While on a family vacation several years ago, my husband and I did the most frivolous and impulsive thing imaginable. We bought a piece of land on a Bahamian barrier island called Elbow Cay. My oldest son came back from a fateful jog and told us with great enthusiasm about a wonderful piece of land he had discovered in a pristine cove at the very north end of the island. We immediately went out to see it, contacted a real estate agent, and began the convoluted process of purchasing the property.
This took many months. During that period not one, but two hurricanes visited the island. They succeeded in denuding all of the buttonwoods on the lot, but other than that all else remained of the pristine beach and property. This convinced us that we were fated to own this little piece of nirvana. So began our long, drawn-out quest for a beach house in the Bahamas.
Many people warned us of the obstacles in building on a barrier island in the Bahamas. We were told Bahamian contractors would be difficult to find and unused to working with architects. Costs would be prohibitive since everything would have to be imported from the United States. This would involve shipping items from Florida to Marsh Harbour and then barging them over to Elbow Cay. On top of shipping charges, duties would be placed on all imported items, even though no building materials are available on the islands. It would be genuinely impossible to get a fixed price for construction. None of these warnings dampened our enthusiasm for the project, however. We were convinced we could overcome all challenges. After all, we had an architect (me) and a landscape architect (my husband) on our side. Were we ever wrong!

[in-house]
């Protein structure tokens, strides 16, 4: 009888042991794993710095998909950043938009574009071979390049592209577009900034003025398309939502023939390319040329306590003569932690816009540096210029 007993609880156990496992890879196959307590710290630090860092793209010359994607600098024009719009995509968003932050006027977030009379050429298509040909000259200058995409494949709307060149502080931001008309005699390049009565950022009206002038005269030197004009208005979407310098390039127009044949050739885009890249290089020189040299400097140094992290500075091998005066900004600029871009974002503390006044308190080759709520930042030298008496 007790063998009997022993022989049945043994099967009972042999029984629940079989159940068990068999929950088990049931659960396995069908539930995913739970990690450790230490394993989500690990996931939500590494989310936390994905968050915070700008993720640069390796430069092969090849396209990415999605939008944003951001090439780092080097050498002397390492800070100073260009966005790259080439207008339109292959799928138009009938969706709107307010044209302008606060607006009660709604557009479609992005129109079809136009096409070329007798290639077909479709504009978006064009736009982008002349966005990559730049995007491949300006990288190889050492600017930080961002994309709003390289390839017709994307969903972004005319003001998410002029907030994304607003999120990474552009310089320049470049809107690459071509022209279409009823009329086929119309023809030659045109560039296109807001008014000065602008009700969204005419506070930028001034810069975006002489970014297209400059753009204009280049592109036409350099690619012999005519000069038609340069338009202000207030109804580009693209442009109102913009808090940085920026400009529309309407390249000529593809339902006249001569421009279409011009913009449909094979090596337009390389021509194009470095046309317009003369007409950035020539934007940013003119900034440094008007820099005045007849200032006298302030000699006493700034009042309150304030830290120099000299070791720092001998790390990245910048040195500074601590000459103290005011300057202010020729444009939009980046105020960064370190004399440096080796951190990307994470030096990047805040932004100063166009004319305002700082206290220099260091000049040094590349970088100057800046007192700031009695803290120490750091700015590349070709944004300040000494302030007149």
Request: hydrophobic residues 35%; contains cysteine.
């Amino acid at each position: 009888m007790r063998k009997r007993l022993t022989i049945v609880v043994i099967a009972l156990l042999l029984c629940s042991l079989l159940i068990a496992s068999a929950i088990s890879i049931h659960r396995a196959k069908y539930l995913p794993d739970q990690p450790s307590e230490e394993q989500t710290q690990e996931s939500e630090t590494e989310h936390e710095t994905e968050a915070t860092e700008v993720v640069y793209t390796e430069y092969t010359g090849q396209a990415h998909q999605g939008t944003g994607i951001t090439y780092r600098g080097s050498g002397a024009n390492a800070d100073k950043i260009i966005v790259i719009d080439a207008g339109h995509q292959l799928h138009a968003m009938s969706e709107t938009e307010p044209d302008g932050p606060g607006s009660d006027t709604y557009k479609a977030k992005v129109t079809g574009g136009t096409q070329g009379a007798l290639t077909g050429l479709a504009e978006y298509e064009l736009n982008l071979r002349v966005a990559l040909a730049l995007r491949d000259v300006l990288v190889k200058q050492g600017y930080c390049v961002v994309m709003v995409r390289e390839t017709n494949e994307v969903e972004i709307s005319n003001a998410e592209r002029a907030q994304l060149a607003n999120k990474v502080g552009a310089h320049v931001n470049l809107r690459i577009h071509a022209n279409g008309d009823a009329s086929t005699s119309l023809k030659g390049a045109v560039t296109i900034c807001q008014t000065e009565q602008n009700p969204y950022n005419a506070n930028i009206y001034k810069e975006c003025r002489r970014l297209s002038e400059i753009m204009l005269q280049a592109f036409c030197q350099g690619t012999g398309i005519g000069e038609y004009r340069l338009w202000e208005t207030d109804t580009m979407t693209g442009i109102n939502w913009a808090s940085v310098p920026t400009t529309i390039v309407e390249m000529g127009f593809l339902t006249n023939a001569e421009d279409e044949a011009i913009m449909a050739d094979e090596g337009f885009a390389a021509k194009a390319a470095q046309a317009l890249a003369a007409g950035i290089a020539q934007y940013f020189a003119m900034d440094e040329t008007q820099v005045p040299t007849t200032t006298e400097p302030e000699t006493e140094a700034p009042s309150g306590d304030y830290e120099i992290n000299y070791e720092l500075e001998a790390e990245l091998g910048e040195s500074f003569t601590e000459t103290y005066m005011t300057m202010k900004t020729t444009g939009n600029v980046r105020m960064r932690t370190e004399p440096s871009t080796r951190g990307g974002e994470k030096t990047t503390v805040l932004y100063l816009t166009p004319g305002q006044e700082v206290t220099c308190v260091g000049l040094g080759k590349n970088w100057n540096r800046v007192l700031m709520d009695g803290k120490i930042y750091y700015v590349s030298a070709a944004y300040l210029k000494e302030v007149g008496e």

local conditions We began the process by selecting a contractor who had come highly recommended. This choice was mistake No. 1, as we soon discovered that several other people on the island had had very dubious experiences with him. We then decided that the prudent thing to do was to get a bid from the only other recommended and available Bahamian contractor (unless we wanted to wait two years to build our project). He, in turn, presented us with a bid that was much more reasonable, so we decided to go with him. Little did we know that the alternative bid didn't include nearly half of the required work! So much for my being a smug architect who could control costs. At this point, we had absolutely no leverage to do anything about it, as he was the only game in town. And so began the bottomless-pit building project that was to have been completed in nine months. Seventeen months later, the house is finally complete, though it cost twice the amount we had intended to spend on it. And to think that I have been a practicing architect for more than 20 years!